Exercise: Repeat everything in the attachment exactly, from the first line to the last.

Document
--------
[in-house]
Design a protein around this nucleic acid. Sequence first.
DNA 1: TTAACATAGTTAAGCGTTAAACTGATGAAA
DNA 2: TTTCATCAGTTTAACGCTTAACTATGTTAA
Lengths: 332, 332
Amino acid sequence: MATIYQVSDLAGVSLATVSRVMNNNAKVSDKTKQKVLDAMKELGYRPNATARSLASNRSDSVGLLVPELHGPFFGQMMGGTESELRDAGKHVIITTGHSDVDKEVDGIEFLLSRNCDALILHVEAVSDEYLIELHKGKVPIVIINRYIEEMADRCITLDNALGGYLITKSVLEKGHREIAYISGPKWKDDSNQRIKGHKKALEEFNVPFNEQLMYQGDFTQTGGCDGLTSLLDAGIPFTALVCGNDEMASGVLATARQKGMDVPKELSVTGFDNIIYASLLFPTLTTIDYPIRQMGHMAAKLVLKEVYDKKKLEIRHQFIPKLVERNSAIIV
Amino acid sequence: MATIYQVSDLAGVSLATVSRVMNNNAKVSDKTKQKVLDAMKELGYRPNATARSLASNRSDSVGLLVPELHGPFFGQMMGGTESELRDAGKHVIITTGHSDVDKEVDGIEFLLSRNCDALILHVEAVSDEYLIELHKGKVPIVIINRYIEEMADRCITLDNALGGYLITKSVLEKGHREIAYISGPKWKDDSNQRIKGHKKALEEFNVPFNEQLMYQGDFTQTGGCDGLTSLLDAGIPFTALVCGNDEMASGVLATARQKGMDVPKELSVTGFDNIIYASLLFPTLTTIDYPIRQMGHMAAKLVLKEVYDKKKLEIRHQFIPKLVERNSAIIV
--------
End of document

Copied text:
[in-house]
Design a protein around this nucleic acid. Sequence first.
DNA 1: TTAACATAGTTAAGCGTTAAACTGATGAAA
DNA 2: TTTCATCAGTTTAACGCTTAACTATGTTAA
Lengths: 332, 332
Amino acid sequence: MATIYQVSDLAGVSLATVSRVMNNNAKVSDKTKQKVLDAMKELGYRPNATARSLASNRSDSVGLLVPELHGPFFGQMMGGTESELRDAGKHVIITTGHSDVDKEVDGIEFLLSRNCDALILHVEAVSDEYLIELHKGKVPIVIINRYIEEMADRCITLDNALGGYLITKSVLEKGHREIAYISGPKWKDDSNQRIKGHKKALEEFNVPFNEQLMYQGDFTQTGGCDGLTSLLDAGIPFTALVCGNDEMASGVLATARQKGMDVPKELSVTGFDNIIYASLLFPTLTTIDYPIRQMGHMAAKLVLKEVYDKKKLEIRHQFIPKLVERNSAIIV
Amino acid sequence: MATIYQVSDLAGVSLATVSRVMNNNAKVSDKTKQKVLDAMKELGYRPNATARSLASNRSDSVGLLVPELHGPFFGQMMGGTESELRDAGKHVIITTGHSDVDKEVDGIEFLLSRNCDALILHVEAVSDEYLIELHKGKVPIVIINRYIEEMADRCITLDNALGGYLITKSVLEKGHREIAYISGPKWKDDSNQRIKGHKKALEEFNVPFNEQLMYQGDFTQTGGCDGLTSLLDAGIPFTALVCGNDEMASGVLATARQKGMDVPKELSVTGFDNIIYASLLFPTLTTIDYPIRQMGHMAAKLVLKEVYDKKKLEIRHQFIPKLVERNSAIIV